Stolen Relations: Centuries of Native Enslavement in the Americas

Between 1492 and 1900, an estimated 2.5 million to 5 million Native Americans were enslaved in North, Central, and South America. Indigenous people were enslaved in every European colony, including colonial New England. How is it that we have overlooked such an important part of this history and its effects over time? In this live panel discussion at the Boston Public Library, you are invited you to hear the words of members of the Nipmuc, Narragansett, Wampanoag Tribes and Nations, and from Linford Fisher, historian at Brown University and head of the Stolen Relations project. Click here for a 98-minute video of their presentation on November 15, 2023.

Lori Rogers-Stokes of the Partnership of Historic Bostons introduces Linford Fisher, project Principal Investigator and associate professor of history at Brown University as he summarizes some of the documents he has located that tell some of the stories of Indigenous enslavement in the 17th and 18th centuries.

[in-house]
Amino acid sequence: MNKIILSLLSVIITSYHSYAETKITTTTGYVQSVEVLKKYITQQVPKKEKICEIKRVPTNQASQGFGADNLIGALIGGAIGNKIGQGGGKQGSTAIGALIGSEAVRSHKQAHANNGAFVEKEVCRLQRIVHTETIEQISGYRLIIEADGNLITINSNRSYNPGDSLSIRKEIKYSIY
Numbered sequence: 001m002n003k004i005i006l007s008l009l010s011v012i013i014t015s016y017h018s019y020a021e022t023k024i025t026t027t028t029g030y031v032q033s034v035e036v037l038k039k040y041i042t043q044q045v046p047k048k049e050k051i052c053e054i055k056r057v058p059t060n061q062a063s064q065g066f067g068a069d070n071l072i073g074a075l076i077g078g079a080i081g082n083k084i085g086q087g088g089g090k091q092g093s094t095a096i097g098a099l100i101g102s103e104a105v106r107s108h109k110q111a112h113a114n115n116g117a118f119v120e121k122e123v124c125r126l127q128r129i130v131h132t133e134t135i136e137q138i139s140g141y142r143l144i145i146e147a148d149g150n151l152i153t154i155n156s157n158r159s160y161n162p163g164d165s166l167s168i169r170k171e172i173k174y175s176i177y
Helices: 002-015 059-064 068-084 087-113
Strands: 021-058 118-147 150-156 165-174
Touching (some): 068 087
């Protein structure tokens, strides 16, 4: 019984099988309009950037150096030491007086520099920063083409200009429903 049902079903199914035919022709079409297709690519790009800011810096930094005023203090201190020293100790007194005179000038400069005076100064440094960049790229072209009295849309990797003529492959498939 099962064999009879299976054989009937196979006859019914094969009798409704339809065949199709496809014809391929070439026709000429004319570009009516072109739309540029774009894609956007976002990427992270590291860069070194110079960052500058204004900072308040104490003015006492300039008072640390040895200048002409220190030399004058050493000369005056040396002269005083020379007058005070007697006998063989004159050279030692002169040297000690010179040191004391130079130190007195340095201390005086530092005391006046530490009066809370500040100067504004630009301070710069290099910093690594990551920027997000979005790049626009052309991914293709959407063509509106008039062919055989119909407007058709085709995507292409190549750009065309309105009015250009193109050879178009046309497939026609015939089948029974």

Alexis Moreis, Wampanoag, Loren Spears, Narragansett, and Toney Holley, Nipmuc (above, left) relate a crucial hidden history far more true than the one most of us were taught about the way that Native people have both survived and thrived.

The Stolen Relations project at Brown University is a tribal collaborative project that seeks to understand the historic enslavement of Native Americans as part of a longer colonial process. In consultation with regional tribal representatives, the project is building a database of thousands of enslaved Natives in order to increase public awareness and make this information available to descendent communities. Its purpose, as its website says, is to recover stories of Indigenous enslavement in the Americas – stories long neglected and even forgotten.